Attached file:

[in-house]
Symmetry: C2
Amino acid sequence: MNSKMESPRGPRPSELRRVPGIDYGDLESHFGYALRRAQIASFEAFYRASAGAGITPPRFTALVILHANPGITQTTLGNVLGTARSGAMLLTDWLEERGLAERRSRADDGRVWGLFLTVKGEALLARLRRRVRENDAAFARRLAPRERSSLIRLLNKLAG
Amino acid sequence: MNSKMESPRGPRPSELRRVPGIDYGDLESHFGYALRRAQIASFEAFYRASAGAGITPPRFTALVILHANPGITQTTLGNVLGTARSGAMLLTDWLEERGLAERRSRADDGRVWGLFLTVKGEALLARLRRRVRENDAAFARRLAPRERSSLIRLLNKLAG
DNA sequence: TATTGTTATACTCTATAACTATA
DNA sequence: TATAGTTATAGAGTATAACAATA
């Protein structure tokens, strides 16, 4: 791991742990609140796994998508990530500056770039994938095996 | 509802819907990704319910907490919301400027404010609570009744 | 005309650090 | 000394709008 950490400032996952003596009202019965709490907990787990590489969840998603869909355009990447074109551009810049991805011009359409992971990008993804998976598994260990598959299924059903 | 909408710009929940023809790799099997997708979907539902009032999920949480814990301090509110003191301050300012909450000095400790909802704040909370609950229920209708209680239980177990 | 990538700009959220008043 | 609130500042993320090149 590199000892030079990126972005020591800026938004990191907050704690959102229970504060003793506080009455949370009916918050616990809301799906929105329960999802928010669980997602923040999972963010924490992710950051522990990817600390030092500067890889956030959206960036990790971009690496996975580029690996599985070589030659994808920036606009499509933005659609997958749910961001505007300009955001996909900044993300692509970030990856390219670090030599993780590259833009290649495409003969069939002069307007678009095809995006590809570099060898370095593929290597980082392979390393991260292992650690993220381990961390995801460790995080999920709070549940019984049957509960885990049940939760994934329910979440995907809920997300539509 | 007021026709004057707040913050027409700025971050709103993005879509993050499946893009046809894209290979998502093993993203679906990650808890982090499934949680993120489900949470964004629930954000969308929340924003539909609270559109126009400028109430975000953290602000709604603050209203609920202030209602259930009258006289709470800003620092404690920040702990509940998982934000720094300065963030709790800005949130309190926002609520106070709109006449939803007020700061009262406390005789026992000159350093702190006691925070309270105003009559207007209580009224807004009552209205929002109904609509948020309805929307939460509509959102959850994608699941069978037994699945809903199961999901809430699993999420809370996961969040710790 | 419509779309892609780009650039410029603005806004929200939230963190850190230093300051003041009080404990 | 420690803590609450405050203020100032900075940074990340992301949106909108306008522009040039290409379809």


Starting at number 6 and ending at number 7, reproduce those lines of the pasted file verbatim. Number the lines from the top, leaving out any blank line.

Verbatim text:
DNA sequence: TATAGTTATAGAGTATAACAATA
């Protein structure tokens, strides 16, 4: 791991742990609140796994998508990530500056770039994938095996 | 509802819907990704319910907490919301400027404010609570009744 | 005309650090 | 000394709008 950490400032996952003596009202019965709490907990787990590489969840998603869909355009990447074109551009810049991805011009359409992971990008993804998976598994260990598959299924059903 | 909408710009929940023809790799099997997708979907539902009032999920949480814990301090509110003191301050300012909450000095400790909802704040909370609950229920209708209680239980177990 | 990538700009959220008043 | 609130500042993320090149 590199000892030079990126972005020591800026938004990191907050704690959102229970504060003793506080009455949370009916918050616990809301799906929105329960999802928010669980997602923040999972963010924490992710950051522990990817600390030092500067890889956030959206960036990790971009690496996975580029690996599985070589030659994808920036606009499509933005659609997958749910961001505007300009955001996909900044993300692509970030990856390219670090030599993780590259833009290649495409003969069939002069307007678009095809995006590809570099060898370095593929290597980082392979390393991260292992650690993220381990961390995801460790995080999920709070549940019984049957509960885990049940939760994934329910979440995907809920997300539509 | 007021026709004057707040913050027409700025971050709103993005879509993050499946893009046809894209290979998502093993993203679906990650808890982090499934949680993120489900949470964004629930954000969308929340924003539909609270559109126009400028109430975000953290602000709604603050209203609920202030209602259930009258006289709470800003620092404690920040702990509940998982934000720094300065963030709790800005949130309190926002609520106070709109006449939803007020700061009262406390005789026992000159350093702190006691925070309270105003009559207007209580009224807004009552209205929002109904609509948020309805929307939460509509959102959850994608699941069978037994699945809903199961999901809430699993999420809370996961969040710790 | 419509779309892609780009650039410029603005806004929200939230963190850190230093300051003041009080404990 | 420690803590609450405050203020100032900075940074990340992301949106909108306008522009040039290409379809």